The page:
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While soil health is currently a big buzzword in CA agriculture, UC Davis researchers want to dig into how managing CA soils to build soil health indicators impacts a grower’s crop management decisions, productivity, and economic bottom line. To further investigate these issues, UC Davis soil scientists are looking for processing tomato growers interested in participating in a soil health survey in summer 2019.
The research will provide insight into the relationship between soil health indicators (which include soil chemical, biological, and structural/physical factors) and crop management, including how certain aspects of soil health impact fertility management and tomato yields. To do this, researchers will ask participating growers to choose 2-3 fields for researchers to survey, including what they view as their “best” and “worst” fields, in either subsurface drip or furrow irrigation. Growers will also be asked to provide information on the history of the fields sampled, including crop rotation, duration in drip irrigation (if applicable), a general description of inputs management, as well as their own perspectives on soil management. Soil collected from growers’ fields will be analyzed for soil texture, N, P, K, Ca, Mg, Na, pH, organic matter, cation exchange capacity, electrical conductivity, and aggregate stability. Soil microbiological factors will also be measured, including bacterial and fungal biomass, mycorrhizal biomass, and microbial carbon and nitrogen pools.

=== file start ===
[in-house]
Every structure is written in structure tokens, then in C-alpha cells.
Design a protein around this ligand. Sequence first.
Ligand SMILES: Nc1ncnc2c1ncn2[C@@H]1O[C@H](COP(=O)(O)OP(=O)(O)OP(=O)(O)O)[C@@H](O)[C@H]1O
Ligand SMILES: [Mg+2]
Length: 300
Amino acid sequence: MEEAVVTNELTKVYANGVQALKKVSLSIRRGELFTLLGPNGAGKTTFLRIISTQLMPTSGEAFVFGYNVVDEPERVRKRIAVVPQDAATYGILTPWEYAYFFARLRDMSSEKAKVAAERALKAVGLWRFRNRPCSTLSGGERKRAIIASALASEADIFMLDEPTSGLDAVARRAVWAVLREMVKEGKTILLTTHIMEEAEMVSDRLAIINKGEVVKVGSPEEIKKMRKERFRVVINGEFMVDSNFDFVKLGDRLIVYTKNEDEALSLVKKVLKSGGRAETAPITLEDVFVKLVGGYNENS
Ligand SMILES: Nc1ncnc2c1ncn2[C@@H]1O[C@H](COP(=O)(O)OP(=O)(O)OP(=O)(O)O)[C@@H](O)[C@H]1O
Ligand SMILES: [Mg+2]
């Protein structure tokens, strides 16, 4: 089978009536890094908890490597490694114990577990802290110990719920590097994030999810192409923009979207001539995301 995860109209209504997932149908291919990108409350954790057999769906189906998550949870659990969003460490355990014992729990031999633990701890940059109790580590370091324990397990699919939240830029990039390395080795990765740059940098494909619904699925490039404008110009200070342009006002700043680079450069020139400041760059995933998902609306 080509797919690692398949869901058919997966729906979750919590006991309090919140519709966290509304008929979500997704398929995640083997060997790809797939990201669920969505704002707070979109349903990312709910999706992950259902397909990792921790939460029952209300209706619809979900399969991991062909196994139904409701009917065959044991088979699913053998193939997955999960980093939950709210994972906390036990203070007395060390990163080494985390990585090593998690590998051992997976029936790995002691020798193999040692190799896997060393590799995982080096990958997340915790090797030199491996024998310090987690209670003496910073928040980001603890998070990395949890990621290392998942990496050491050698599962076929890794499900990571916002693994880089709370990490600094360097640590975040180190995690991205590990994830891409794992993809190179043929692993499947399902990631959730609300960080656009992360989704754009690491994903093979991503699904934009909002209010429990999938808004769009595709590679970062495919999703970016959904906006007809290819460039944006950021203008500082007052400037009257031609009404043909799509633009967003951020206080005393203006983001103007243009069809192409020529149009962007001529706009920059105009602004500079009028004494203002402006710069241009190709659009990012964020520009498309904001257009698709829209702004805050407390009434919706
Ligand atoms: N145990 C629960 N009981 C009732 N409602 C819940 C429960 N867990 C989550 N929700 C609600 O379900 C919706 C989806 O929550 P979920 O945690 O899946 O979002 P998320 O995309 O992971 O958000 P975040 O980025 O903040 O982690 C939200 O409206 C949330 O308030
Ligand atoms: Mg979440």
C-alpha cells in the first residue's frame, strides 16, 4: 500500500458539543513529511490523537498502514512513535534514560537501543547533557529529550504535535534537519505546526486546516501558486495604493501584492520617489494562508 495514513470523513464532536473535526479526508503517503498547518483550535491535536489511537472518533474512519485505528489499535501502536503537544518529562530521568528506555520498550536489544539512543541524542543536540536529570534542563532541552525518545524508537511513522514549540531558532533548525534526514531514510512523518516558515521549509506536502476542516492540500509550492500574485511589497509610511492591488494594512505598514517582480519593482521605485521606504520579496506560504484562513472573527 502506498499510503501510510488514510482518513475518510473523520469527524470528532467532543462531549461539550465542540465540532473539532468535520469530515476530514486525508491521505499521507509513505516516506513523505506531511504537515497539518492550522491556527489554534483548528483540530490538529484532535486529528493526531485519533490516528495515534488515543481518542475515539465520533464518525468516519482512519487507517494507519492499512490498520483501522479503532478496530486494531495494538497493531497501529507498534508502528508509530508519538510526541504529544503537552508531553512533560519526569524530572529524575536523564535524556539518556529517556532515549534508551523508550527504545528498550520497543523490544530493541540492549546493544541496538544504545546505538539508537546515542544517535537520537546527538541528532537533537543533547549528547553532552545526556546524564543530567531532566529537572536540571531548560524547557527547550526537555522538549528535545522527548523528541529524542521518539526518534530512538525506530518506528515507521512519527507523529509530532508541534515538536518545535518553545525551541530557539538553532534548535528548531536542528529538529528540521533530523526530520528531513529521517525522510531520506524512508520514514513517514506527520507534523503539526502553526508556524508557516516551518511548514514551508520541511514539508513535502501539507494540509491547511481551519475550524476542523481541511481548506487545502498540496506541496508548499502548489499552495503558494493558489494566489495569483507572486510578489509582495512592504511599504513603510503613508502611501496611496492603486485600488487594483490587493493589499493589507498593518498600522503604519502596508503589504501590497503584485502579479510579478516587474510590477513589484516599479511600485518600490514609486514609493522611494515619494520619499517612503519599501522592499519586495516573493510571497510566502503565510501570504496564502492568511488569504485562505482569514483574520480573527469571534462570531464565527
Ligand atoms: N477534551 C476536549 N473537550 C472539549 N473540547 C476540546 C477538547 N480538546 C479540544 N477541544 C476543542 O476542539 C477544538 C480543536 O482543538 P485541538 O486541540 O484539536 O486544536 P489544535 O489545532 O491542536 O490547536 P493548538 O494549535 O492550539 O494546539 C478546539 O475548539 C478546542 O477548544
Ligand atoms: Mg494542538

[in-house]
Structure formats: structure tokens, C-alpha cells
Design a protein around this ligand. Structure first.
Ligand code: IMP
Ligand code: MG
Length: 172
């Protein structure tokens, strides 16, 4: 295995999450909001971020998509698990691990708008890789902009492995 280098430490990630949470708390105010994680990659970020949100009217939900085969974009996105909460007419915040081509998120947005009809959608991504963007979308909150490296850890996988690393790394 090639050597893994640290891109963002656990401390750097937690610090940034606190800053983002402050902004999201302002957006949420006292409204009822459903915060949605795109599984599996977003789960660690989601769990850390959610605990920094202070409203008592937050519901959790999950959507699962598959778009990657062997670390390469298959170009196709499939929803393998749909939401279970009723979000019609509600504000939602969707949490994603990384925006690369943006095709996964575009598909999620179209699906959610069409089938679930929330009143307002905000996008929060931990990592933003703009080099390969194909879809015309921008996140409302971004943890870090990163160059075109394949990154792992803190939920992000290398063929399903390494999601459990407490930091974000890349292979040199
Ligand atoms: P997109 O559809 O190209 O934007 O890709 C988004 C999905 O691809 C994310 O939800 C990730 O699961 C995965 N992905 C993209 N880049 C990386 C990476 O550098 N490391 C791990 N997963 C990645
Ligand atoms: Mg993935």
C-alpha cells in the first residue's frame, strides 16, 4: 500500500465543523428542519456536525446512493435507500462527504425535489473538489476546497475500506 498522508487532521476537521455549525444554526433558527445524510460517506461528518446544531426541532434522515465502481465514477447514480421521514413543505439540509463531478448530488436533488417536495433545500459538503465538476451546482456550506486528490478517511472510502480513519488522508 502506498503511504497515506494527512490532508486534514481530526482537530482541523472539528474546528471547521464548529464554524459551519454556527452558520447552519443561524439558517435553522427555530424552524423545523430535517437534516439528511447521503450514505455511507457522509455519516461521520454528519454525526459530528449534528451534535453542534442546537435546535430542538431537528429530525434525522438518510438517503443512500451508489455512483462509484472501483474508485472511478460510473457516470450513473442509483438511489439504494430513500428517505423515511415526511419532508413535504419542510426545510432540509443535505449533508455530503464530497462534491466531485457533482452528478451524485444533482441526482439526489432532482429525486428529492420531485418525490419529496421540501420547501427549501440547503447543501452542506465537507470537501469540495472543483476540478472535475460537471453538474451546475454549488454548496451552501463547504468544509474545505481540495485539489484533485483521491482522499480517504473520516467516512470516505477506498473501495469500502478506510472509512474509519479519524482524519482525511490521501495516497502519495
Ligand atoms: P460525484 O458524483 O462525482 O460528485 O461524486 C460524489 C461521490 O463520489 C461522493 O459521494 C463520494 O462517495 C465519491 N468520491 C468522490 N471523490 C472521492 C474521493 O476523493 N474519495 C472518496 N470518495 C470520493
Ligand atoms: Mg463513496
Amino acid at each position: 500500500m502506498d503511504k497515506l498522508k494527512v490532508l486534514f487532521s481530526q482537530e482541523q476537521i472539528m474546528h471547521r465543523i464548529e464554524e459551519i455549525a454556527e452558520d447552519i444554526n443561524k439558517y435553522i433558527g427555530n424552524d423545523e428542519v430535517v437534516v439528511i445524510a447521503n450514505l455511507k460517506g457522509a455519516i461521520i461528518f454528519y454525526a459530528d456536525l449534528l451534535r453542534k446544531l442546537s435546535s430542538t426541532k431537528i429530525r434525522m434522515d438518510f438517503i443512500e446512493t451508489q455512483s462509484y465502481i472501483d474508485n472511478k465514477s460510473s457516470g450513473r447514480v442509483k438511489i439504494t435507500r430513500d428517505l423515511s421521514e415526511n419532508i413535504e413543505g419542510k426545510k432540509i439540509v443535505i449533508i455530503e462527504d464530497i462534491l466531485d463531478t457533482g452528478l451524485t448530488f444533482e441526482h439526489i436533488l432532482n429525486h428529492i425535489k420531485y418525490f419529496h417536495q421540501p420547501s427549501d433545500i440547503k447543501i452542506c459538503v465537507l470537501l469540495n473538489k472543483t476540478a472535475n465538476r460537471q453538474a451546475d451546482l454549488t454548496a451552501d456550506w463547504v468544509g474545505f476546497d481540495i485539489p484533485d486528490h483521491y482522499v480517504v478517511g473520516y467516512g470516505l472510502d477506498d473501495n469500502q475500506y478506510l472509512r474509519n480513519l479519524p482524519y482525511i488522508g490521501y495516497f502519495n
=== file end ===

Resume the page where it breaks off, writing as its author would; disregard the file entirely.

Each participant will receive a detailed report on test results of their fields and overall findings from the study, though all results from individual fields and farms will be anonymized with all identifying information removed when being shared with anyone other than the grower. UC Davis researchers hope that this study will contribute to knowledge of how soil health status impacts management decisions for annual vegetable growers on the ground, including how soil health can contribute to agroecosystem productivity, prosperity, and sustainability for California farms.
Please contact Nicole Tautges, UCD crop scientist, for more information or to request sampling on your farm.
Nicole Tautges Cropping Systems Research Manager
Russell Ranch Sustainable Agriculture Facility
University of California, Davis, CA 95616
Ph: 530-219-5380 Email: